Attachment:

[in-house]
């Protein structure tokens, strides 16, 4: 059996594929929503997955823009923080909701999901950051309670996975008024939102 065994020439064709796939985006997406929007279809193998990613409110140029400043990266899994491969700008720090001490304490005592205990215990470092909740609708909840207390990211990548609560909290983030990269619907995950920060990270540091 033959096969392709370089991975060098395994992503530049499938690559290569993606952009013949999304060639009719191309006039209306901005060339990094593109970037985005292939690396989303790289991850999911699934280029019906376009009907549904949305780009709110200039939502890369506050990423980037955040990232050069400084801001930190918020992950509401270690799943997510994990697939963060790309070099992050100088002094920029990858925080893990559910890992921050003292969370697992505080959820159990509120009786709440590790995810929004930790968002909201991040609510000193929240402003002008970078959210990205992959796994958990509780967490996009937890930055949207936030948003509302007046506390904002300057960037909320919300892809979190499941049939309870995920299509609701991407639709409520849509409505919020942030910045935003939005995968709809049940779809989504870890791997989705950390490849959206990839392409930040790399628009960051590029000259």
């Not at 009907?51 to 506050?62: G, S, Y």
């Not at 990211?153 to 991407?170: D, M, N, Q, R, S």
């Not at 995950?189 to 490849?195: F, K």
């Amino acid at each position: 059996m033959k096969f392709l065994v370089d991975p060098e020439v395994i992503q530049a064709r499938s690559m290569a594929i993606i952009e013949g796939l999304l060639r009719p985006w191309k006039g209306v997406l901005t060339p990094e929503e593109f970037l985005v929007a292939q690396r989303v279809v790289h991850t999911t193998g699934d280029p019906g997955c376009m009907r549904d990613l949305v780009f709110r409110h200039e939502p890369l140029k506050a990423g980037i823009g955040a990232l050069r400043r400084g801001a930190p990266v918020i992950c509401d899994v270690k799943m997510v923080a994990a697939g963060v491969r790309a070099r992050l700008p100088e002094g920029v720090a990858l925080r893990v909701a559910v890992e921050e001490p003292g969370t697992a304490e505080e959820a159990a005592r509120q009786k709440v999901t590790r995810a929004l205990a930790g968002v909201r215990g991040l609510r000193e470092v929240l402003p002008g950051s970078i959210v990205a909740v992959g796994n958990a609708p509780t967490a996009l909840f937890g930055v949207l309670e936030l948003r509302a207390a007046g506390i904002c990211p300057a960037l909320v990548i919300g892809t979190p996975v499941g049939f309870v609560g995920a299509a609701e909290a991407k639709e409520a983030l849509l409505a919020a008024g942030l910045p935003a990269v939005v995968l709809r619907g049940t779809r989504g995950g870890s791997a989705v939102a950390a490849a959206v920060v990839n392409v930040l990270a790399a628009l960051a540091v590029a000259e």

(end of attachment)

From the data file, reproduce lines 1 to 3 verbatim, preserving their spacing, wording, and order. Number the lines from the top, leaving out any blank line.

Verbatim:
[in-house]
């Protein structure tokens, strides 16, 4: 059996594929929503997955823009923080909701999901950051309670996975008024939102 065994020439064709796939985006997406929007279809193998990613409110140029400043990266899994491969700008720090001490304490005592205990215990470092909740609708909840207390990211990548609560909290983030990269619907995950920060990270540091 033959096969392709370089991975060098395994992503530049499938690559290569993606952009013949999304060639009719191309006039209306901005060339990094593109970037985005292939690396989303790289991850999911699934280029019906376009009907549904949305780009709110200039939502890369506050990423980037955040990232050069400084801001930190918020992950509401270690799943997510994990697939963060790309070099992050100088002094920029990858925080893990559910890992921050003292969370697992505080959820159990509120009786709440590790995810929004930790968002909201991040609510000193929240402003002008970078959210990205992959796994958990509780967490996009937890930055949207936030948003509302007046506390904002300057960037909320919300892809979190499941049939309870995920299509609701991407639709409520849509409505919020942030910045935003939005995968709809049940779809989504870890791997989705950390490849959206990839392409930040790399628009960051590029000259």
């Not at 009907?51 to 506050?62: G, S, Y």